With an increase in media coverage and attention to the rise in migrant crossings into the United States, the use of social media and memes has also increased, many of which, mischaracterize what’s happening on the border.
As part of KSAT’s Trust Index series, we looked at two Facebook posts that have been widely shared in recent weeks that illustrate some of the misinformation on social platforms.
The first post falsely claims that “Texas has launched Operation Lone Star to finish the border wall themselves,” and was shared over 600 times.
According to a press release on the day Operation Lone Star was launched, the office of Governor Greg Abbott stated the purpose of the effort is to “combat the smuggling of people and drugs into Texas.” As has been widely reported, the program has increased the amount of personnel on the border and has nothing to do with border wall construction.
“This is pretty typical of memes on Facebook,” said Trinity University professor Aaron Delwiche. “Memes are really effective at delivering concentrated claims, but they’re not very good at providing support to back up those claims.”
Delwiche, who specializes in Media Studies, said some users may be seeing more of this type of content on social media because there’s more media coverage pertaining to the border and therefore more conversation about it. The Facebook algorithm also plays a role, serving users content they may be more likely to interact with.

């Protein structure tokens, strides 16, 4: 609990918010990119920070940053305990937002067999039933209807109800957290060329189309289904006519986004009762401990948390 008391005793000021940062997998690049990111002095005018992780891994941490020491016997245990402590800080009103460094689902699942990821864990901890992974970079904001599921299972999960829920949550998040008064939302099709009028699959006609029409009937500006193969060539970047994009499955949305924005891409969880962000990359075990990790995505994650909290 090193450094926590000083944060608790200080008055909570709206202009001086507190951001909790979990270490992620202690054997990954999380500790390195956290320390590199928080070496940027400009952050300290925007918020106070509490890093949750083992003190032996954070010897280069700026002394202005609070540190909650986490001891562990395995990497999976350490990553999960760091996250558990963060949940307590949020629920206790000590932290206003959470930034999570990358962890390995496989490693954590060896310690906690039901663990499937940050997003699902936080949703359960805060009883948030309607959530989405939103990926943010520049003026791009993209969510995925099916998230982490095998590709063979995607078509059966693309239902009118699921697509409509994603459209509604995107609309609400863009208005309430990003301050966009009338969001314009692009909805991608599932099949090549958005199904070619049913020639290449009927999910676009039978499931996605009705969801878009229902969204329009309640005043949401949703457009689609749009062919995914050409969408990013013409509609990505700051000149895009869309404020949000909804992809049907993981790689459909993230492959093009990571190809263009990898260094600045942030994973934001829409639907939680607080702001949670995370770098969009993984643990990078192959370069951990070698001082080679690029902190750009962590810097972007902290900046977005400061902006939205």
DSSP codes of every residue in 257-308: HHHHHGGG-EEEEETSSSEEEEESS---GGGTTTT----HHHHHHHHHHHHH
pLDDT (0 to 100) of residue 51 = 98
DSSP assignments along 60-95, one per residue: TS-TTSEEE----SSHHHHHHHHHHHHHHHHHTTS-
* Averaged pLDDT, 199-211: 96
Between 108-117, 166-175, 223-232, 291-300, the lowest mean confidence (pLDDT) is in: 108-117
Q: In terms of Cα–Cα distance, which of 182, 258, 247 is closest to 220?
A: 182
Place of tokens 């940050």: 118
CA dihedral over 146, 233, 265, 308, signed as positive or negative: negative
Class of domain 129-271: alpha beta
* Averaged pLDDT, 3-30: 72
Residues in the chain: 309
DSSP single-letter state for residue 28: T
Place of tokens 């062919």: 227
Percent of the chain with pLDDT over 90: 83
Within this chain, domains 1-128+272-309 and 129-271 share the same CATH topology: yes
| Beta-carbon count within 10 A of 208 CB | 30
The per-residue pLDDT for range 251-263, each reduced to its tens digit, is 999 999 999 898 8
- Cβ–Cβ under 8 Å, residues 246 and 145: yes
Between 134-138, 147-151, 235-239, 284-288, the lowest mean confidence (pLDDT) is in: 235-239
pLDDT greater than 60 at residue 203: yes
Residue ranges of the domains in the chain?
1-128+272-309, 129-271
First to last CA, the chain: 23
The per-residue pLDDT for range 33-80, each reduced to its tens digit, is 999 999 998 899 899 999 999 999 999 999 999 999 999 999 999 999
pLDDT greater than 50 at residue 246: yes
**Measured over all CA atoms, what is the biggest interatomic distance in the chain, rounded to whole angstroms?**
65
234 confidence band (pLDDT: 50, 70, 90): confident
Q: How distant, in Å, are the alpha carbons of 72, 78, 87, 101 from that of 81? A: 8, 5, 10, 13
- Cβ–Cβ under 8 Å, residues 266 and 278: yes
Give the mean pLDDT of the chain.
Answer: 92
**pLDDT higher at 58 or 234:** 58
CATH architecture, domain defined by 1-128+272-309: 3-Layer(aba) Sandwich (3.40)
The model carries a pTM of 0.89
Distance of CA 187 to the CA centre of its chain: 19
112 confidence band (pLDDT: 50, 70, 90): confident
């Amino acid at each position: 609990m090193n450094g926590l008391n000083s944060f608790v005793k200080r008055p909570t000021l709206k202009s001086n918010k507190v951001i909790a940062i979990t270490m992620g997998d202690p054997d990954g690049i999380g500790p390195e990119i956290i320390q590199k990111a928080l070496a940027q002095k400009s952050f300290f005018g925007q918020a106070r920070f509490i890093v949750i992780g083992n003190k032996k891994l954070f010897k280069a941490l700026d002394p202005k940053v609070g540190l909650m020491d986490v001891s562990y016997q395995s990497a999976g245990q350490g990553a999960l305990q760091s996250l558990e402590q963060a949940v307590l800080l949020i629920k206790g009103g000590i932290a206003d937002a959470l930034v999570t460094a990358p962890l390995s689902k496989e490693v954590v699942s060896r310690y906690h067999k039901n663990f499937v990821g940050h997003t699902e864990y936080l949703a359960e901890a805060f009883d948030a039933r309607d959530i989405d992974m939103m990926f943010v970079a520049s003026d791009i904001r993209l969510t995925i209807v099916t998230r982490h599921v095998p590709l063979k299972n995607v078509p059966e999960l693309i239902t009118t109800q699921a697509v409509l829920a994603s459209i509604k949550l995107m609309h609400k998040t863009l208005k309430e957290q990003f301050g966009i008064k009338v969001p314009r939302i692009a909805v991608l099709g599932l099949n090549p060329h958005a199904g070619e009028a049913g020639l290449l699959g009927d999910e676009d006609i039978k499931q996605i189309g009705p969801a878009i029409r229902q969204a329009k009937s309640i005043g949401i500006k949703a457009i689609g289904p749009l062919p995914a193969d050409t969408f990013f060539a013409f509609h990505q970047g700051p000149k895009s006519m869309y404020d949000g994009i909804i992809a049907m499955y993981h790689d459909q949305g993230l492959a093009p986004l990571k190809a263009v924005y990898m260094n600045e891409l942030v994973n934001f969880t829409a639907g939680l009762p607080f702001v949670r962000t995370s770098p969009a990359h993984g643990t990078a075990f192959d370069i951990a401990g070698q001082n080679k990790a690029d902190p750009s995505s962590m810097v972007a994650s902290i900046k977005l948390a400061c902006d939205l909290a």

“I do think that some of it and some of these memes, especially memes such as the ones you showed me, are really being pushed by people who may have a more manipulative and divisive agenda,” Delwiche said.
The second post, a meme that has been posted and re-posted by other users, makes another false claim.
The post reads: “Sleepy Joe now saying he inherited a mess at the border.” Additionally, the post suggests that the number of border crossings under the Trump administration was substantially lower than what they actually were.
In reality, the U.S. Customs and Border Protection website offers data on border crossing spanning the past several years, which are notably different than what the post states.
If users come across content like this, Delwiche says strong, emotional language or name-calling can be a red flag that the content is not based in fact.
“So, one of the memes you shared talked about Sleepy Joe, not President Biden which would have been a more neutral way of criticizing him, but sort of that name-calling word, Sleepy Joe,” Delwiche said. “I think that noticing in memes what kind of language is being used, is very helpful.”